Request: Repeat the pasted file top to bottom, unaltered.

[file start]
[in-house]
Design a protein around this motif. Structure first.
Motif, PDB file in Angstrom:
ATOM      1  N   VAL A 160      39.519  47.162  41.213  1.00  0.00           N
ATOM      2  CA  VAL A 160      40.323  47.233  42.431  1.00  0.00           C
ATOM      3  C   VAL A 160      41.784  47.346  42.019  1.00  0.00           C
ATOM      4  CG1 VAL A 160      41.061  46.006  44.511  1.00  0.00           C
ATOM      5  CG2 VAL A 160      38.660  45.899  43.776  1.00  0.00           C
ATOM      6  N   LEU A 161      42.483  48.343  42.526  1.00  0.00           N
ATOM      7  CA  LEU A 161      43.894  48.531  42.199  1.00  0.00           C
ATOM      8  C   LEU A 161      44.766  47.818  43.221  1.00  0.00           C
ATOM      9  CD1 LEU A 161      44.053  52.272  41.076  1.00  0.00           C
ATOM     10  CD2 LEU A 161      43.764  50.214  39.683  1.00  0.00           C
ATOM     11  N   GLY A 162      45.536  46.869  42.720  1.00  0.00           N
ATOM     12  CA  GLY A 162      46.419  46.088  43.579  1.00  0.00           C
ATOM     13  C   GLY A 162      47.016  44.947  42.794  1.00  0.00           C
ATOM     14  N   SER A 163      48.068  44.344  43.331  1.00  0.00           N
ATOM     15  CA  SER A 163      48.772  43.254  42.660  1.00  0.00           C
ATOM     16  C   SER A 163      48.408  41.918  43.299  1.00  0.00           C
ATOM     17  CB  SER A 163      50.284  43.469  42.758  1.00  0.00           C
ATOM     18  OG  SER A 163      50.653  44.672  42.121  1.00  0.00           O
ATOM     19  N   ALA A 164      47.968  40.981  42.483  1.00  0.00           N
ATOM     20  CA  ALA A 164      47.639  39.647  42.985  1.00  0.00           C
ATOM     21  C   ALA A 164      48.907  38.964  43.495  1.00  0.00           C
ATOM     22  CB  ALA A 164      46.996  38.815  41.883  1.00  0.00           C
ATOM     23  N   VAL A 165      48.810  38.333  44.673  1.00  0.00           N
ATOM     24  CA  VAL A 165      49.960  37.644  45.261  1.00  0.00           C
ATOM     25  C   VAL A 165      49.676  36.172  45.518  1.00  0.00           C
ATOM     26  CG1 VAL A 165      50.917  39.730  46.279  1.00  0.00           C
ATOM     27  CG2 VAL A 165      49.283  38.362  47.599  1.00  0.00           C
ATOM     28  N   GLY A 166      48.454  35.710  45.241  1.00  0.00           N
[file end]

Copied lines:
[in-house]
Design a protein around this motif. Structure first.
Motif, PDB file in Angstrom:
ATOM      1  N   VAL A 160      39.519  47.162  41.213  1.00  0.00           N
ATOM      2  CA  VAL A 160      40.323  47.233  42.431  1.00  0.00           C
ATOM      3  C   VAL A 160      41.784  47.346  42.019  1.00  0.00           C
ATOM      4  CG1 VAL A 160      41.061  46.006  44.511  1.00  0.00           C
ATOM      5  CG2 VAL A 160      38.660  45.899  43.776  1.00  0.00           C
ATOM      6  N   LEU A 161      42.483  48.343  42.526  1.00  0.00           N
ATOM      7  CA  LEU A 161      43.894  48.531  42.199  1.00  0.00           C
ATOM      8  C   LEU A 161      44.766  47.818  43.221  1.00  0.00           C
ATOM      9  CD1 LEU A 161      44.053  52.272  41.076  1.00  0.00           C
ATOM     10  CD2 LEU A 161      43.764  50.214  39.683  1.00  0.00           C
ATOM     11  N   GLY A 162      45.536  46.869  42.720  1.00  0.00           N
ATOM     12  CA  GLY A 162      46.419  46.088  43.579  1.00  0.00           C
ATOM     13  C   GLY A 162      47.016  44.947  42.794  1.00  0.00           C
ATOM     14  N   SER A 163      48.068  44.344  43.331  1.00  0.00           N
ATOM     15  CA  SER A 163      48.772  43.254  42.660  1.00  0.00           C
ATOM     16  C   SER A 163      48.408  41.918  43.299  1.00  0.00           C
ATOM     17  CB  SER A 163      50.284  43.469  42.758  1.00  0.00           C
ATOM     18  OG  SER A 163      50.653  44.672  42.121  1.00  0.00           O
ATOM     19  N   ALA A 164      47.968  40.981  42.483  1.00  0.00           N
ATOM     20  CA  ALA A 164      47.639  39.647  42.985  1.00  0.00           C
ATOM     21  C   ALA A 164      48.907  38.964  43.495  1.00  0.00           C
ATOM     22  CB  ALA A 164      46.996  38.815  41.883  1.00  0.00           C
ATOM     23  N   VAL A 165      48.810  38.333  44.673  1.00  0.00           N
ATOM     24  CA  VAL A 165      49.960  37.644  45.261  1.00  0.00           C
ATOM     25  C   VAL A 165      49.676  36.172  45.518  1.00  0.00           C
ATOM     26  CG1 VAL A 165      50.917  39.730  46.279  1.00  0.00           C
ATOM     27  CG2 VAL A 165      49.283  38.362  47.599  1.00  0.00           C
ATOM     28  N   GLY A 166      48.454  35.710  45.241  1.00  0.00           N